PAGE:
Having a lot of trees on your property is a double-edged sword. While you have a beautiful landscape to admire, you also have to deal with the work to keep the trees healthy and looking gorgeous. Plus, you likely feel like you're wasting money each time you hire a contractor to come prune all those trees and haul away your branches and twigs. How can you recoup some of those losses? If you're tired of throwing money down the chipper every year, consider these three money-making and money-saving possibilities for all the wood you prune each year.
Promote Yourself as a Firewood Business
During the colder months, you'll have friends and neighbors who want to have fires in their homes and backyards. These people often have problems finding wood throughout the entire season, especially if they don't have as many trees as you.
Plan ahead for winter and fall for these potential customers. When limbs fall or you have the trees pruned, chop the wood, bundle it, and store in a shed safe from the weather. You'll have a few advantages over nurseries and other big name retailers:
- You're essentially getting the wood for free, so you can charge far less than other retailers
- Your potential customer base lives closer to you, making it easier for neighbors to get wood from you rather than driving to a retailer
Compost and Reuse the Limbs
If you're concerned about the appearance and health of your trees, odds are you spend plenty of time each spring ensuring the health of the rest of your landscaping as well. This includes adding fresh dirt to flower beds and vegetable gardens, which can create a pretty big price tag every year.
Creating a compost bin in your yard can help you build a stockpile of dirt throughout the year to use during the spring. The wood from your trees can play an important role in your compost. Many amateur landscapers try composting with only their kitchen scraps, but this is a crucial mistake. Your kitchen scraps provide nitrogen for what will eventually become dirt, but this will leave you without essential carbon.
As you're building up your compost pile, add equal amounts of brown material (twigs, chopped branches, and dead leaves) and green material (food scraps and grass clippings) to get a perfect blend of both carbon and nitrogen.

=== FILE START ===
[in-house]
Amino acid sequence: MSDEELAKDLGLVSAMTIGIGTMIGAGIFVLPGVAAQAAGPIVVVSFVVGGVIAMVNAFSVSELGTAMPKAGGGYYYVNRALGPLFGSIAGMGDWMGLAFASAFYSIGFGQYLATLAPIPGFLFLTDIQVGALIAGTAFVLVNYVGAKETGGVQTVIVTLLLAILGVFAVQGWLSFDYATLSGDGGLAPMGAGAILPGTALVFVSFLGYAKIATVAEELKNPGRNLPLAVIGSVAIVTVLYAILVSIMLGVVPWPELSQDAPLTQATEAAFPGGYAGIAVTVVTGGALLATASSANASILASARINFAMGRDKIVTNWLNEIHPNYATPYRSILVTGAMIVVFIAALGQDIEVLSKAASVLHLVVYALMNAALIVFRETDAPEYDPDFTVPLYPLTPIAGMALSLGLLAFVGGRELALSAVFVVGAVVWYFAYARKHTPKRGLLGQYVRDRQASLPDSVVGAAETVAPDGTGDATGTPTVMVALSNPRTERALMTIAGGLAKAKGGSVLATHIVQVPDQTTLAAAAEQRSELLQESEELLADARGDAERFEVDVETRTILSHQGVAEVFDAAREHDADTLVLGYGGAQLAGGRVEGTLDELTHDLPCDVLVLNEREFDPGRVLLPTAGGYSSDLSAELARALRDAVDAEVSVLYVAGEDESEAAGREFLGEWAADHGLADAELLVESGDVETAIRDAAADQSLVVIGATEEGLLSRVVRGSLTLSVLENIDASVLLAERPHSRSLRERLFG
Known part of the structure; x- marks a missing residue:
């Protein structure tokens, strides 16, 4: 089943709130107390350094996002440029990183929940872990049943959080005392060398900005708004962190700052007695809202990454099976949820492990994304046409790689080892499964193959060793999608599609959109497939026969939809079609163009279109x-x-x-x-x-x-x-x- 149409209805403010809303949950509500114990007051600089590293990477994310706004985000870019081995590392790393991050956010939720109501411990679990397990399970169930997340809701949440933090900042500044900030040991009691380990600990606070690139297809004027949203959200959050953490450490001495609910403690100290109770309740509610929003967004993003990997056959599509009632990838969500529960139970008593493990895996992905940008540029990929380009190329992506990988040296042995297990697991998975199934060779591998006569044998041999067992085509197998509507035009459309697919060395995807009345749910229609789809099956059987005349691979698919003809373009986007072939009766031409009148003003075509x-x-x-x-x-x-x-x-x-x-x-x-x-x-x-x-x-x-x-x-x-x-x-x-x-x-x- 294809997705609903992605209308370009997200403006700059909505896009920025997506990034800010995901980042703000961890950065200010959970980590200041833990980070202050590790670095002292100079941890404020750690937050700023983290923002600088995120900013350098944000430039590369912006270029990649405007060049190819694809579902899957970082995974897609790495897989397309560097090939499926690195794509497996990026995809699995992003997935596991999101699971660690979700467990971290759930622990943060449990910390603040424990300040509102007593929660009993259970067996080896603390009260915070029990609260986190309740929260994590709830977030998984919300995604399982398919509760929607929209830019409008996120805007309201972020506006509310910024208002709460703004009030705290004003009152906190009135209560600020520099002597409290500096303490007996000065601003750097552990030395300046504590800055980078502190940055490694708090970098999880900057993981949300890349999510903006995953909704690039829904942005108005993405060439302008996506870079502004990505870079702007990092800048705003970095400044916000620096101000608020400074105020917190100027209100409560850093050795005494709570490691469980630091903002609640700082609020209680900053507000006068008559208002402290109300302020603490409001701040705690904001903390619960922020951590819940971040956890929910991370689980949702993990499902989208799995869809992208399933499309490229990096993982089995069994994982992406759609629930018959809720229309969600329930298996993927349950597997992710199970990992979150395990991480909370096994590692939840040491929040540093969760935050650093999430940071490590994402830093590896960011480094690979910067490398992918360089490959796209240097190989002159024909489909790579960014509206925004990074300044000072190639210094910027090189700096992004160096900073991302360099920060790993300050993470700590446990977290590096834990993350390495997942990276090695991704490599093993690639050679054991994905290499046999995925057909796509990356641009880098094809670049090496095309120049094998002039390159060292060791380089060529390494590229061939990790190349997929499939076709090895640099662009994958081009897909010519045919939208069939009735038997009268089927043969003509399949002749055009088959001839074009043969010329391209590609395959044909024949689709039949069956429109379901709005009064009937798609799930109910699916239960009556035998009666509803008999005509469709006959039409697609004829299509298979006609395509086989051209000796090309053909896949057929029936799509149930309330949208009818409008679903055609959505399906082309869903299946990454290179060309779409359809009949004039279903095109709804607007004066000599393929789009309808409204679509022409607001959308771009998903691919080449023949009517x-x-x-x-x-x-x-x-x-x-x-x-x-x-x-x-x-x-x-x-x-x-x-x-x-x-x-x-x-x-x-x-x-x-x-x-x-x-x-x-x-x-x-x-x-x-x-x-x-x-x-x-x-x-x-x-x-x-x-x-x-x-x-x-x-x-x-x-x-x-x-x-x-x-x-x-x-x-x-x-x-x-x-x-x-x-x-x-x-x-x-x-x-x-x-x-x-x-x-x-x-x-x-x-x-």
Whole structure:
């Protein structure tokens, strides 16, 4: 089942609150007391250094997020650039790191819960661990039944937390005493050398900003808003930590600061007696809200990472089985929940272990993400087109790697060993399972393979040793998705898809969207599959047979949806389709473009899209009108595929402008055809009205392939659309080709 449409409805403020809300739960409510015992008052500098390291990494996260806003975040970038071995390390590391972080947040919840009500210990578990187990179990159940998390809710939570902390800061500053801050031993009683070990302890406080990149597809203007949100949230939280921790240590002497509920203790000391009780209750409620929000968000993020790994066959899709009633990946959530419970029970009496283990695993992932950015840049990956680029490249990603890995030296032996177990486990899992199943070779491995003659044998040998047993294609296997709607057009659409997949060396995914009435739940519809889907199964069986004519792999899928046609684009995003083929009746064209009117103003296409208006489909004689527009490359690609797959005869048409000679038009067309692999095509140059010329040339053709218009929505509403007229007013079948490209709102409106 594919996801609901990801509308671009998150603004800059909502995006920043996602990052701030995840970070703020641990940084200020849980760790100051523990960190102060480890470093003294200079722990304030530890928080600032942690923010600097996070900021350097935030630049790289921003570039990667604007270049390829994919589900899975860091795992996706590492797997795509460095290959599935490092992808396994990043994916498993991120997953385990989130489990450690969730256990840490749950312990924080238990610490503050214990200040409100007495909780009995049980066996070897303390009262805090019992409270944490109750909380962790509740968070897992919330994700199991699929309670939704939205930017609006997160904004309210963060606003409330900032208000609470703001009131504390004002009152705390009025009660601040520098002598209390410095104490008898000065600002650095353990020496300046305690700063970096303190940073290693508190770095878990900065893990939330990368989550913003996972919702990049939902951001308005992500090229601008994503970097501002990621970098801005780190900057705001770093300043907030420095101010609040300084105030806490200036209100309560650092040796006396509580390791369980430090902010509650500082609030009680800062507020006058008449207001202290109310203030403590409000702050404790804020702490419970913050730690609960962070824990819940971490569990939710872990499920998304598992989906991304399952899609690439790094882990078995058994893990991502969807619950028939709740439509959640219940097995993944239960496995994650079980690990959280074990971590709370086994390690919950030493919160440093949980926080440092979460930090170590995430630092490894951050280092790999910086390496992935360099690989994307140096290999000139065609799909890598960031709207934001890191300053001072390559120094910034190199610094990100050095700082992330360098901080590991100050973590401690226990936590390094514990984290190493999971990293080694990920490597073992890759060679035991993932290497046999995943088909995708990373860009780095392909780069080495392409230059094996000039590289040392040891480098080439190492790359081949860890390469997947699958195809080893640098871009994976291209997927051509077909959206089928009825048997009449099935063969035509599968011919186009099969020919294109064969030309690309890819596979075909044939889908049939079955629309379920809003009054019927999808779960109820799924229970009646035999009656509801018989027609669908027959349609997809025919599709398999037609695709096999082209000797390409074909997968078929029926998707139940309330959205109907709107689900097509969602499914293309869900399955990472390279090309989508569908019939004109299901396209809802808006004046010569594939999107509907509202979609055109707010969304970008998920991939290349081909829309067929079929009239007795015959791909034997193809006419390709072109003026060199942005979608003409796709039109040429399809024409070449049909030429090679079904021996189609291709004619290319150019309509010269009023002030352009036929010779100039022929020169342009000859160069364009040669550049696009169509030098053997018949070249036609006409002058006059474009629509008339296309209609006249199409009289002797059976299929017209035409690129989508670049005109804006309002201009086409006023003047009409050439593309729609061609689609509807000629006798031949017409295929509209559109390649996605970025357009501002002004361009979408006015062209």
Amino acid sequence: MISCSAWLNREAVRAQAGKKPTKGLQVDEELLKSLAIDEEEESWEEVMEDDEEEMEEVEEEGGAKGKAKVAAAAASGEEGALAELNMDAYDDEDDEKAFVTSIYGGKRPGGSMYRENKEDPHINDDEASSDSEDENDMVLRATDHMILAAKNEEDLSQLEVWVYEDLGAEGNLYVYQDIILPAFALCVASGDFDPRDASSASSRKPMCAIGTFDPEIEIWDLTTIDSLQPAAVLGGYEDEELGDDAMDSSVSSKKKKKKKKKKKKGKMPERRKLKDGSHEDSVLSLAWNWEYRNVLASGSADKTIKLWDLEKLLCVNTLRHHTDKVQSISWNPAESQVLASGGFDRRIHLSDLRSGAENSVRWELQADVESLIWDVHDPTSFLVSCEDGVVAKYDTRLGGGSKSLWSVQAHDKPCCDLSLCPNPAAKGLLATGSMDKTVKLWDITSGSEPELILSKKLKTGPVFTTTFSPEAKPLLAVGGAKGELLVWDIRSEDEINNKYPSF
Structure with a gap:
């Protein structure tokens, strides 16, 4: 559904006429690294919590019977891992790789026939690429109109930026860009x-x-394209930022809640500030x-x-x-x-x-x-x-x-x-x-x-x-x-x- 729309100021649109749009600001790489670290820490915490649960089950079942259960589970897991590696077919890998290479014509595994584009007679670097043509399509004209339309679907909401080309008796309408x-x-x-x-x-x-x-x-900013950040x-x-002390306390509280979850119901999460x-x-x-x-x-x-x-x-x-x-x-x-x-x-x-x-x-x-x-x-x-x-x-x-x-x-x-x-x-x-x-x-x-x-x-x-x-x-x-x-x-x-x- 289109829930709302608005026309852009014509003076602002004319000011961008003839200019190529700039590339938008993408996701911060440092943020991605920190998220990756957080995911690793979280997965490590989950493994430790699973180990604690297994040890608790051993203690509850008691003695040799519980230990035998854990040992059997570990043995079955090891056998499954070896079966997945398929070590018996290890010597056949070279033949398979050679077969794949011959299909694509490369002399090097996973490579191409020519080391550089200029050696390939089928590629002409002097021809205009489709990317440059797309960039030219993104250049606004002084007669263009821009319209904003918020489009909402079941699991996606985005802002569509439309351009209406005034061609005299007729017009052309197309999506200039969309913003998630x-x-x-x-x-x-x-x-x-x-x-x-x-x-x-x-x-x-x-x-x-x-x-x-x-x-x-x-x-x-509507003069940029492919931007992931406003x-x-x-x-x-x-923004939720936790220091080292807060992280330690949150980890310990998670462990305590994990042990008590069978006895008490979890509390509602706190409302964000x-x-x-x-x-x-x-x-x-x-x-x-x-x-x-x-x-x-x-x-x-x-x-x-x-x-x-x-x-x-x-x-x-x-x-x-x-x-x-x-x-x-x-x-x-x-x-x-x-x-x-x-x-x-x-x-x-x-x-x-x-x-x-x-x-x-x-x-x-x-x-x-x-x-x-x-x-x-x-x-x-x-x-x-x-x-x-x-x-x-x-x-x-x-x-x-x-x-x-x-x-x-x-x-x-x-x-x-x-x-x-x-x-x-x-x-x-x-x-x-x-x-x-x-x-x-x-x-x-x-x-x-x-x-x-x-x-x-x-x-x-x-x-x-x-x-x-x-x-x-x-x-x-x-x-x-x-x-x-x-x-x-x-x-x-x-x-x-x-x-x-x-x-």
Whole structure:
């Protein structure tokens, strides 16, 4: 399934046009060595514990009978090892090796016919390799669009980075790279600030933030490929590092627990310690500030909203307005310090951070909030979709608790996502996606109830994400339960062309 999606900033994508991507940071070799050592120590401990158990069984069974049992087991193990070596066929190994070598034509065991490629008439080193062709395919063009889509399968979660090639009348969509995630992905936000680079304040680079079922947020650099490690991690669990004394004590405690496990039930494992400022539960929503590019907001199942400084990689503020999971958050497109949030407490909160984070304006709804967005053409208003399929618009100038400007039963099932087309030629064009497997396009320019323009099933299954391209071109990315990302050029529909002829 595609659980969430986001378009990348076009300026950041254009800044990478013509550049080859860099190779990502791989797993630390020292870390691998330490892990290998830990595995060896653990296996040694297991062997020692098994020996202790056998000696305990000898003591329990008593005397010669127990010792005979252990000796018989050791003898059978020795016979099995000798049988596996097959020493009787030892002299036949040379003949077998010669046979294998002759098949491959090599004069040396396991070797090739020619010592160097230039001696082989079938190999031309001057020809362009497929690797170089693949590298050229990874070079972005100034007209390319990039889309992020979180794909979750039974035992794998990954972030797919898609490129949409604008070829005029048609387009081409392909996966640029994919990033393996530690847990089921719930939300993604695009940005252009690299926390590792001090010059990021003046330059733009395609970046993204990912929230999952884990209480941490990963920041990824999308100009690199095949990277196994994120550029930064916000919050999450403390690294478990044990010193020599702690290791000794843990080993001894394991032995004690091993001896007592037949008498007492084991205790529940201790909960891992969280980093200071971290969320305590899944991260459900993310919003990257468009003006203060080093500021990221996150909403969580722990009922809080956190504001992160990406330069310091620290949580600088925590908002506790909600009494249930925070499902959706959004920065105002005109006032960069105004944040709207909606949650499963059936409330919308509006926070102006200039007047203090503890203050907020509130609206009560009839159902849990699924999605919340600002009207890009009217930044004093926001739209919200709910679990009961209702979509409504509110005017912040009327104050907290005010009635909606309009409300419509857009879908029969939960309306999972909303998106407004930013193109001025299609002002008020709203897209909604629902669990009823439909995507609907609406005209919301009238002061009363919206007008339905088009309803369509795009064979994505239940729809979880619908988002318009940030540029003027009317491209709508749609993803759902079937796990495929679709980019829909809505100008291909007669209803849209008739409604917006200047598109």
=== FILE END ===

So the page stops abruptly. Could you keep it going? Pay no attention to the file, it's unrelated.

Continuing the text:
If you don't think you'll be able to utilize all the dirt you'll create in your compost pile, you actually have another great money-making opportunity on your hands. Sell that dirt to neighbors for far cheaper than they could find it at a nursery.
Get in Tune with Your Crafty Side
The previous two suggestions could help you save money or make a little bit from friends and neighbors. If you have a little artistic ability, though, you could make a decent living creating craft pieces out of the wood you collect from your trees.
Wreaths are easy to make, and there are a lot of styles that you can make out of wood. One design involves cutting a single branch into several pieces to create small circles and gluing them together to create one solid wreath. These wreaths can be embellished with flowers, leaves, and bows to match any season.
Creating a craft business has one major advantage over the previous two possibilities: While the others would limit your customer base to those who live near you, the internet has created a wide array of possibilities for marketing yourself. Social media, auction websites, and retail websites dedicated to independent artists allow amateurs to quickly make a name for themselves across the entire country.
If you feel like your trees are becoming more of a burden as you spend time and money tree trimming them each year, consider turning them into a small business to help recoup some of your spending on upkeep. While you might not be able to support your family on your tree trimmings, you can give yourself a little bit of wiggle room and even help support your landscaping hobby. If you have a lot of trees in your yard, consider selling the trimmings as firewood, compost, or crafts.Share